Puerto Rican Gov. Ricardo Rosselló on Tuesday raised the official death toll for Hurricane Maria from 64 to 2,975, based on a new study he commissioned that found a significant undercount in the original tally, especially among the island’s ill and elderly residents.
Mr. Rosselló also announced that his administration will create a commission to oversee the implementation of recommendations in the study, which was conducted by researchers at the George Washington University’s Milken Institute School of Public Health.
The study, which was released Tuesday, compared the actual number of deaths to an estimate based on historical patterns since 2010. The island’s population dropped by about 8 percent in the six months after last September’s hurricane, the researchers found. The researchers’ estimate of 2,975 deaths more than doubled the government’s estimate of 1,427 sent in a draft report to Congress in June.
According to the study, the Puerto Rican government was ill-prepared for Hurricane Maria, which struck the island as a Category 4 storm on Sept. 20, about two weeks after Hurricane Irma had clipped the northern part of the island as a Category 5 gale. The government experienced a breakdown in communication and a lack of coordination among local, state and federal officials.
“The inadequate preparedness and personnel training for crisis and emergency risk communication, combined with numerous barriers to accurate, timely information and factors that increased rumor generation, ultimately decreased the perceived transparency and credibility of the Government of Puerto Rico,” the study reads.
Island authorities did not do enough to counter misinformation and conflicting reports about the death toll, the study adds. Scant information about the death certification process, differences between direct and indirect deaths, and the faulty reporting process all contributed to the “dissemination of inconsistent information to the public.”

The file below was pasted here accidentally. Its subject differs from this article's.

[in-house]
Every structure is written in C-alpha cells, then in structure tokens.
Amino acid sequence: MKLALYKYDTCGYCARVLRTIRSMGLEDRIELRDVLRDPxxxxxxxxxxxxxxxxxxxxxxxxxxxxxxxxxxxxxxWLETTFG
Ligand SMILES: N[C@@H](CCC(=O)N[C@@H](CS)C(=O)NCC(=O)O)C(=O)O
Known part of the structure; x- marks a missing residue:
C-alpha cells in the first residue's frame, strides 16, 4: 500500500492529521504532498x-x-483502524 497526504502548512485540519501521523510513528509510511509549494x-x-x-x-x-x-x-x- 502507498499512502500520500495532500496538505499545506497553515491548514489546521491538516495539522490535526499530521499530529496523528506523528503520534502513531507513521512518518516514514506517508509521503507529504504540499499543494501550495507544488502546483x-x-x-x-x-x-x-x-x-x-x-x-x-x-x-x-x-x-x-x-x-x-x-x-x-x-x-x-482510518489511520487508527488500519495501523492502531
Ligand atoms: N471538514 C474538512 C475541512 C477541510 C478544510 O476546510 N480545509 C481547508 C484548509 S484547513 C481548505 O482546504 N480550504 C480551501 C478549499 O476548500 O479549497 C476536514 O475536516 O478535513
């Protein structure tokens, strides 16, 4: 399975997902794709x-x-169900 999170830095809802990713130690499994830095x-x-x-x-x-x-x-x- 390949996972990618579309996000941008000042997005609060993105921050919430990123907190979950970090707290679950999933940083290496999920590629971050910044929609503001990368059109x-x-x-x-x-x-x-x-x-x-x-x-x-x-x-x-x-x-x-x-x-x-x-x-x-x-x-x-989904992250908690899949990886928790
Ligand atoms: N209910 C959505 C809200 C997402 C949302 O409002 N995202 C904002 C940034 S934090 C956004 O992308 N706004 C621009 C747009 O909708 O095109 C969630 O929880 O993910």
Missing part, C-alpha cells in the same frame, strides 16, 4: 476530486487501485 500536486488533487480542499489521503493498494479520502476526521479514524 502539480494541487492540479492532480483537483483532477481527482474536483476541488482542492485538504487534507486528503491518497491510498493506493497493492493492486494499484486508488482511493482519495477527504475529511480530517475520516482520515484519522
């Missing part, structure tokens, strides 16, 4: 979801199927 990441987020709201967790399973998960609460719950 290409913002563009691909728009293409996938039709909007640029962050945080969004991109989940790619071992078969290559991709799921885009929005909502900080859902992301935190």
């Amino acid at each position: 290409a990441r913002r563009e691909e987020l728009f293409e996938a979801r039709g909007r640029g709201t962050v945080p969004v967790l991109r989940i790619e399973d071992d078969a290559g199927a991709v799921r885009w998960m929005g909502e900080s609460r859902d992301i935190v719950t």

The first phase of the Milken Institute study cost $305,000. The researchers plan to focus on the causes of death in the second phase.
Rep. Bennie Thompson of Mississippi, the ranking Democrat on the House Homeland Security Committee, blamed the Trump administration and the Federal Emergency Management Agency for the soaring number of deaths. He accused them of not doing enough to intervene and of not adequately preparing for this year’s hurricane season, which is underway.
“The Trump Administration has been in denial about the gravity of Hurricane Maria since the storm made landfall last year. President Trump and FEMA still fail to recognize that many still need help from our government,” Mr. Thompson said.
Rep. Nydia Velazquez, New York Democrat, said the new study shows that the federal government failed the people of the U.S. island territory.
“These numbers are only the latest to underscore that the federal response to the hurricanes was disastrously inadequate and, as a result, thousands of our fellow American citizens lost their lives,” Ms. Velazquez said in a statement.
In its report to Congress in June, the Puerto Rican government presented data showing increases in several illnesses in 2017 that could have been linked to the storm: Cases of sepsis, a serious bloodstream infection usually caused by bacteria, rose from 708 in 2016 to 835 last year. Deaths from diabetes went from 3,151 to 3,250, and deaths from heart illnesses increased from 5,417 to 5,586.
Hurricane Maria has surpassed Hurricane Katrina as the deadliest hurricane to hit the U.S. in the 21st century. The 2005 storm killed 1,833 people when it struck several Gulf states.
⦁ This article is based in part on wire service reports.
Copyright © 2018 The Washington Times, LLC. Click here for reprint permission.